RHODE ISLAND/MASSACHUSETS - The largest historic preservation conference in New England, with hundreds attending, began at the historic Stadium Theater in Woonsocket on Saturday and then spread out into communities in Rhode Island and Massachusetts.
Though the official title was “The 27th annual Rhode Island Statewide Historic Preservation Conference,” the states of Massachusetts and Rhode Island are connected by a river with a reputation to regain – the Blackstone River was known as the hardest working river in the United States and responsible for the Industrial Revolution in this country.
It is becoming known today as a reason to be outdoors, fishing, canoeing and kayaking its waters, biking along its banks, and visiting the historic mills and villages that remain as a testament to areas history and growth.
History and environment were the reasons more than 25 years ago for the formation of the Blackstone River and Canal Heritage State Park which has become the John H. Chafee Blackstone River Valley National Heritage Corridor. Preservations and environmentalists hope the next step will be national park status, a decision expected to be made in this Congressional session, according to keynote speaker Stephanie Smith Toothman, associate director for cultural resources for the National Park Service.
Combining history and nature was “kind of an experiment,’’ noted Jan Reitsma, executive director of the National Heritage Corridor. It’s an experiment that worked and now is ready for the next step – national park status, he said.
A resource study for the National Park Service clearly makes the case that “Blackstone Valley has the resources to be the best place in America to tell the story of industry in America,’’ he said. “We need to let Congress know that.’’
The formal session also included remarks by Woonsocket Mayor Leo T. Fontaine, Edward F. Sanderson, executive director of the Rhode Island Historical Preservation and Heritage Commission, Maia Farish of Roger Williams University, and video remarks by Sen. Jack Reed.
Following remarks, participants broke off into groups to attend any of the 23 discussion, bike, bus or walking tours throughout the Blackstone Valley, among them bus tours around the historic areas - in Massachusetts the town of Hopedale and village of Whitinsville.
The Whitinsville tour was titled “Industry Makes Community,’’ its topic the role mill owners, particularly the Whitin family, had in the creation of a community in the 1800s. The tour covered the Whitin Machne Works mill and the mill villages surrounding it, the library and Town Hall, built by the Whitins, and some of the community’s many churches built by the immigrants who settled here, drawn by employment in the mills.
The tour ended for lunch at the Whitin Mill, restored by Alternatives Unlimited, Inc. and now used by Alternatives to service its clients, adults with physical and mental disabilities.
Park Ranger Valerie Paul continued to answer questions from the 65 tour participants and said Whitinsville is one of her favorite stories. It’s rare, she said, to be able to directly connect a particular group to an area. That isn’t so for the Dutch population in Whitinsville.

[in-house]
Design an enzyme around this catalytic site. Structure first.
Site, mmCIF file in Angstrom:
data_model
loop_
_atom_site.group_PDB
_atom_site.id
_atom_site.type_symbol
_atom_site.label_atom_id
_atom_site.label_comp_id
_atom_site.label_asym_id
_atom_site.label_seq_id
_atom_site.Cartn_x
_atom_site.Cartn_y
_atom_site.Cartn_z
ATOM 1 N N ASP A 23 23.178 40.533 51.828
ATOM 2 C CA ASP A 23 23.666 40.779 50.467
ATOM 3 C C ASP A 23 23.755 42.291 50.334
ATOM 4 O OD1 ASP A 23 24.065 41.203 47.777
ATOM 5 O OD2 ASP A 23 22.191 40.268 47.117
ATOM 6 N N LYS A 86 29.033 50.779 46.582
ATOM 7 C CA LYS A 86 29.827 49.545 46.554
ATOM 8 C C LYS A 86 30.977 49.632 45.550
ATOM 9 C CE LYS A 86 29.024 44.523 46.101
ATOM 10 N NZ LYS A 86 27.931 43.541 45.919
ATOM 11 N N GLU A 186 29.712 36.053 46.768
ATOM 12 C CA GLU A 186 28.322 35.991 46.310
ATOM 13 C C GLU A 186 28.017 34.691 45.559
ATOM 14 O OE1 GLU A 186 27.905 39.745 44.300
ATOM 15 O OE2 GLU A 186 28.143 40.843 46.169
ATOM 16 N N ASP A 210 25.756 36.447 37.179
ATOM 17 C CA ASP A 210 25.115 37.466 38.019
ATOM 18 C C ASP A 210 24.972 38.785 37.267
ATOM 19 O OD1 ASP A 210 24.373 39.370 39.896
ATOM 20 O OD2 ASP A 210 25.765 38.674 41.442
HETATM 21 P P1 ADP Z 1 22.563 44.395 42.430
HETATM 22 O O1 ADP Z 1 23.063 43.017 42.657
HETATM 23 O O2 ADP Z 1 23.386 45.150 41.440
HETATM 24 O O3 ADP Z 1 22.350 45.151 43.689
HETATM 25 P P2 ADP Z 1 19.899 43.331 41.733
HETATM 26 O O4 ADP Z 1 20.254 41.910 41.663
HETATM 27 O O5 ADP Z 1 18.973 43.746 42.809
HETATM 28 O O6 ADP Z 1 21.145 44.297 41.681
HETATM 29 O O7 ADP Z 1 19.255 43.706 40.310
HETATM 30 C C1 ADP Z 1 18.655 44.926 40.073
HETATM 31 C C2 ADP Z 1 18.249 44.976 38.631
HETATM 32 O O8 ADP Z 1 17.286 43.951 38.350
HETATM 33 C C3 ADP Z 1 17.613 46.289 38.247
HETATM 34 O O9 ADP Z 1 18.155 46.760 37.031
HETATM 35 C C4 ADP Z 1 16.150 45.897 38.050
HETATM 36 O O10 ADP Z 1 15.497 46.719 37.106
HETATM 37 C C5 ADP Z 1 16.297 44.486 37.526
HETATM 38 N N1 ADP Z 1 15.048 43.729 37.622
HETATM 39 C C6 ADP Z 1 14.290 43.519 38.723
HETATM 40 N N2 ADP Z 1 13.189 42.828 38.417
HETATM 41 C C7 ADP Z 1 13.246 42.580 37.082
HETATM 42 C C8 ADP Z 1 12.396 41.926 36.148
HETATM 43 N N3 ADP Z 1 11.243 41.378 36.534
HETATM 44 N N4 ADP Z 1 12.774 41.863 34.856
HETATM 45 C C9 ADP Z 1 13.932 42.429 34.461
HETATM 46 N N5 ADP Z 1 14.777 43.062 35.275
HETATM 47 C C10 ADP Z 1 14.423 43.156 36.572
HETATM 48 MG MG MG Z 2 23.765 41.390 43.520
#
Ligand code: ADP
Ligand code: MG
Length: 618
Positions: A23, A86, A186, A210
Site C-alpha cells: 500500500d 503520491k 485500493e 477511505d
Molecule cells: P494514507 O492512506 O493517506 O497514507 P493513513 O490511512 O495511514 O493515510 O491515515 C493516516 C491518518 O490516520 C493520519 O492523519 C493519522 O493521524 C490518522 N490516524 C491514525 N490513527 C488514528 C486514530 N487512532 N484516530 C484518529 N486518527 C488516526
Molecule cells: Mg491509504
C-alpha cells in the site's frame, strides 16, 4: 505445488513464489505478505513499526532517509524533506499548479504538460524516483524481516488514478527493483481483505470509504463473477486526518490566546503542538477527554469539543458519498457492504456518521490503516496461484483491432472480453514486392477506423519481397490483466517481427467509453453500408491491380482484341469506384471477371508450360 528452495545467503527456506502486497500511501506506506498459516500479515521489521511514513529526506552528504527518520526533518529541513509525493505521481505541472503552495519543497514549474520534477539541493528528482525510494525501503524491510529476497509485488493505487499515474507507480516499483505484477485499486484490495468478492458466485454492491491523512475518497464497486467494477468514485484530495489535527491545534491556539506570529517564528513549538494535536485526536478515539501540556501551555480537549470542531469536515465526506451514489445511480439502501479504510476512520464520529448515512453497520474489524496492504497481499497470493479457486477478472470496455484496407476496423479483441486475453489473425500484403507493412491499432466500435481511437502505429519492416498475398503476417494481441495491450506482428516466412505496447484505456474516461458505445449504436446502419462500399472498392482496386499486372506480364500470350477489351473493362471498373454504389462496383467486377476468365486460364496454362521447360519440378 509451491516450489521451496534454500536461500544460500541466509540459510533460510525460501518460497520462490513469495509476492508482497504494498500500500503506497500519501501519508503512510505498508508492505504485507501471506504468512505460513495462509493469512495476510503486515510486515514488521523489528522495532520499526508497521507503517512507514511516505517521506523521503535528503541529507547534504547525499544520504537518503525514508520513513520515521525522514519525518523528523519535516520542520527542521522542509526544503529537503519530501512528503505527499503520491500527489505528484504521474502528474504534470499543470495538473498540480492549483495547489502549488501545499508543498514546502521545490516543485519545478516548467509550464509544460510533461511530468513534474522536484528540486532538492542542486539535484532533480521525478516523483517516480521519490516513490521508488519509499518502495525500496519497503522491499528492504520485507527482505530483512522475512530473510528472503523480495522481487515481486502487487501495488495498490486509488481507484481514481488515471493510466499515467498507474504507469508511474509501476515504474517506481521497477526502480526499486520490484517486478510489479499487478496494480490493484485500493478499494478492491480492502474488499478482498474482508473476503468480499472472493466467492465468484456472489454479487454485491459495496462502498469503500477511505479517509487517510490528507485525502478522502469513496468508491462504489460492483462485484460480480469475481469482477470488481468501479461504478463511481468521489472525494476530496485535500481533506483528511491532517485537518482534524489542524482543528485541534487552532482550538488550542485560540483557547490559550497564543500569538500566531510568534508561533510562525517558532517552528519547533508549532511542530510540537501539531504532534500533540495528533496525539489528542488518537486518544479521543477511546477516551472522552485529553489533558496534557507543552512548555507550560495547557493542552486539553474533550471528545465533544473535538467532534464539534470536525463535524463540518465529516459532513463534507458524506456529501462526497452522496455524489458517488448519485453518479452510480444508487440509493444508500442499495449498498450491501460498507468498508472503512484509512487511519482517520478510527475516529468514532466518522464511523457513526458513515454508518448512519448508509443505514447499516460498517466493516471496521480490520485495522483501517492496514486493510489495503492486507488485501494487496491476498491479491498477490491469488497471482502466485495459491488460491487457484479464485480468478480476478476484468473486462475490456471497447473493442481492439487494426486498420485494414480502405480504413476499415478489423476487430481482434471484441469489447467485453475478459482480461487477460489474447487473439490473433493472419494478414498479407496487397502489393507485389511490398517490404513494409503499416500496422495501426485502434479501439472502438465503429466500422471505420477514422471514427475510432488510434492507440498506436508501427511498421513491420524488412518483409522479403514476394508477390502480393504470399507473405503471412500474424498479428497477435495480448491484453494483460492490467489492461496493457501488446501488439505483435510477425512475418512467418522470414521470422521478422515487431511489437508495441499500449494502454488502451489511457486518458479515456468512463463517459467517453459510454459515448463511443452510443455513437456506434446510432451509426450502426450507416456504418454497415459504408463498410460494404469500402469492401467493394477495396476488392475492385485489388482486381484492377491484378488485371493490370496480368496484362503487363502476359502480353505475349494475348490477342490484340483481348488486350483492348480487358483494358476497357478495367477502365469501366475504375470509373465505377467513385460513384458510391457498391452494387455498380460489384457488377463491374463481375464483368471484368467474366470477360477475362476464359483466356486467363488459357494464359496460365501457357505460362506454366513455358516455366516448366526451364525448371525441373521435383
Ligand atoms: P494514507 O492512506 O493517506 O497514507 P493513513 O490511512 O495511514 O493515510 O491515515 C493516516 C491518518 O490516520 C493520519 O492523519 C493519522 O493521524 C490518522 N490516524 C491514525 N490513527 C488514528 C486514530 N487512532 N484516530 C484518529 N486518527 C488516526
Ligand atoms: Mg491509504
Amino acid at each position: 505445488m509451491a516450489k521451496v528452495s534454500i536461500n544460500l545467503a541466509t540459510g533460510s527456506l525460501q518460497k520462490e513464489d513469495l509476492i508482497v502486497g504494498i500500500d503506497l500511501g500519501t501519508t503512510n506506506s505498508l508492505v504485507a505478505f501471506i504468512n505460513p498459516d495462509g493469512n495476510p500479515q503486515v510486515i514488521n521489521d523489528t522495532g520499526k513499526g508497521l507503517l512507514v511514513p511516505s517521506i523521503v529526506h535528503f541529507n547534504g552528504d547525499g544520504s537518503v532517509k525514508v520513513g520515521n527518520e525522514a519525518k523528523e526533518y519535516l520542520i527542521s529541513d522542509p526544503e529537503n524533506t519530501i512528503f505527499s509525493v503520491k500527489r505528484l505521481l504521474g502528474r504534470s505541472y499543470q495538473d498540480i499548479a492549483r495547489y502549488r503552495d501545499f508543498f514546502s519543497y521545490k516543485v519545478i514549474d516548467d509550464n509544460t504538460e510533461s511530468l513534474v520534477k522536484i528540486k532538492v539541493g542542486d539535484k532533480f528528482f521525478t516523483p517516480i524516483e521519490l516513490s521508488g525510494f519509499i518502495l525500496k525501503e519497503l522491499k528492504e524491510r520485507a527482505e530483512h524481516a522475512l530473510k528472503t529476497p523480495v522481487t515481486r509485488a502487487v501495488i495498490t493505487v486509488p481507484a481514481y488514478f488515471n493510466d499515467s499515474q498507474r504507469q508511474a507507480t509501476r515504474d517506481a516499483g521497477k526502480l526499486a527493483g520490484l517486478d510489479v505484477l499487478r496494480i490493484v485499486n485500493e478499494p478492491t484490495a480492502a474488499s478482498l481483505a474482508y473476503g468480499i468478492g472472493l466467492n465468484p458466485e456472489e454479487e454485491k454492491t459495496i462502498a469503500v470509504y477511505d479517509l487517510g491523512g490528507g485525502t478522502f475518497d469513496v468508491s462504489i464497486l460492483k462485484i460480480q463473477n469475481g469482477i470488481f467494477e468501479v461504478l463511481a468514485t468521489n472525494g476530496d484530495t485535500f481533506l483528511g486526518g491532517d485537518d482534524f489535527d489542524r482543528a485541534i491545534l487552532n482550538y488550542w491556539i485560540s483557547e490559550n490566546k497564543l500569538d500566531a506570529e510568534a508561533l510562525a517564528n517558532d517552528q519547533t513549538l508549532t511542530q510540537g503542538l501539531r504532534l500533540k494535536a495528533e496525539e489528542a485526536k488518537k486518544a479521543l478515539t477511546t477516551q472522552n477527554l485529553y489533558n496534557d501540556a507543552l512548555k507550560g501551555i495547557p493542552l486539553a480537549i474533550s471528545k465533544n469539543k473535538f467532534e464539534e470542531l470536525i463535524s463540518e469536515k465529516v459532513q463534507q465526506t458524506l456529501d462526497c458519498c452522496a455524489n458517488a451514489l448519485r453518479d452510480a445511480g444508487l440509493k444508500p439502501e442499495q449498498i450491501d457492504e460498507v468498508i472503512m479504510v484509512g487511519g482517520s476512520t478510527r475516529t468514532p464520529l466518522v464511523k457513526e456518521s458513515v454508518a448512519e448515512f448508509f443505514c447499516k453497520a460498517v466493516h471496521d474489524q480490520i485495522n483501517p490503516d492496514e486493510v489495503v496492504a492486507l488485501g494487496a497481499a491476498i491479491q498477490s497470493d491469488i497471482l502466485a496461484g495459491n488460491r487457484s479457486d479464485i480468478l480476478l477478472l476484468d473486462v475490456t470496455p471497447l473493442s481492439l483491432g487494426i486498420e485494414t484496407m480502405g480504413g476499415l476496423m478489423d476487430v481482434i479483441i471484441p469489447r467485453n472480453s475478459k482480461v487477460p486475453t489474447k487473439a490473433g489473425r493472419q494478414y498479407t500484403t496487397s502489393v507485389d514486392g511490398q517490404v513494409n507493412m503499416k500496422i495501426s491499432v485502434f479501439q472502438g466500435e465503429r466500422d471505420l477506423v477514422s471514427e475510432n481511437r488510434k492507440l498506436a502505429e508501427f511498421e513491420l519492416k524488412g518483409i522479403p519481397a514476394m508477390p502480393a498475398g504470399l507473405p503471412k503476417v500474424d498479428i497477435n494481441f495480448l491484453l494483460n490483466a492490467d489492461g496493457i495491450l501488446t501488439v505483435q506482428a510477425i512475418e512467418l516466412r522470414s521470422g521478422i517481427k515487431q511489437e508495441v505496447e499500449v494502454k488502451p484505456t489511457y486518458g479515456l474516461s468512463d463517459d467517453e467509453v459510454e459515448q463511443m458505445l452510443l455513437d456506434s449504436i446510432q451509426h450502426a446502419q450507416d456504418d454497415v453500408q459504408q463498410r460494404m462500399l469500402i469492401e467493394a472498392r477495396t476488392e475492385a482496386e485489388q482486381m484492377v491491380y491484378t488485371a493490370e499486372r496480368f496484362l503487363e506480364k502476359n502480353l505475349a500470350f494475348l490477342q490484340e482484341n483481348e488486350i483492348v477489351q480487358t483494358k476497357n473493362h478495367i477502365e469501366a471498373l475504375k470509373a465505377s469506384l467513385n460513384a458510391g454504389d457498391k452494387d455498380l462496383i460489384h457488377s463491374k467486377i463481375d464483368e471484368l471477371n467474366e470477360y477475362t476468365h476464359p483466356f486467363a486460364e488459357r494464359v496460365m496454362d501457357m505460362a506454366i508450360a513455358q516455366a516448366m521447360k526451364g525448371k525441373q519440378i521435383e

Castle Hill was a “hobby farm’’ for the Whitins, she said, and when all the cows died because of a disease, the Whitins sent to Friesland, an area of Holland, for new cows. “James Bosma came with the cows to take care of them,’’ she said, “and he was the first of a large population of Dutch” now livng here.
Unlike the Rhode Island end of the Blackstone Valley, where French Canadians were the first populate the area, the Irish came first to the Massachusetts, hired to work on the Blackstone River Canal. They stayed to work for the Whitins who needed skilled laborers in their mills.
Housing grew around the mills, and the Whitins built “high quality’’ housing, Paul said. “Some mill owners built housing for retention; the Whitins saw housing as recruitment.’’
Tom Saupe, community outreach director for Alternatives, and Dennis Rice, executive director, talked about the Whitn Mill and its role in the Blackstone Valley when it was a mill village and today. Alternatives is houses in what was the Whitinsville Spinning Ring Co. and it receives power today just as it did in the 1800’s – by a water-powered turbine.
The mill still has a forge building. Alternatives is looking for a blacksmith or glass blower to use it. The mill has housing for some Alternatives’ clients, an outdoor pavilion overlooking the Mumford River where summer concerts are held, a theater, an art gallery, and gift shop.
Alternatives first used the mill as a sheltered workshop where people with disabilities did piece work for which they were paid. “It was good they got a paycheck, but bad they never got out into the community,’’ Rice said.
That workshop closed about 10 years ago and clients are employed in various locations around the Blackstone Valley community. Alternatives considered selling the mill, but chose instead to restore the various buildings that make up the complex.
It cost about $9 million to restore the mill, about $5 million of that was fundraised. The building is heated, cooled and powered by its water turbine and geo-thermal system. It was expensive to restore, but is easy to maintain and saves Alternatives about $60,000 a year, Rice said.
“When everything is working, we’re 93 percent self-sufficient,’’ he continued.
The day-long conference ended at 6 p.m. with a reception at St. Ann’s Arts and Cultural Center, a former Roman Catholic Church with more than 40 stained glass windows and an interior decorated with fresco paintings by Italian-Canadian artist Guido Nincheri.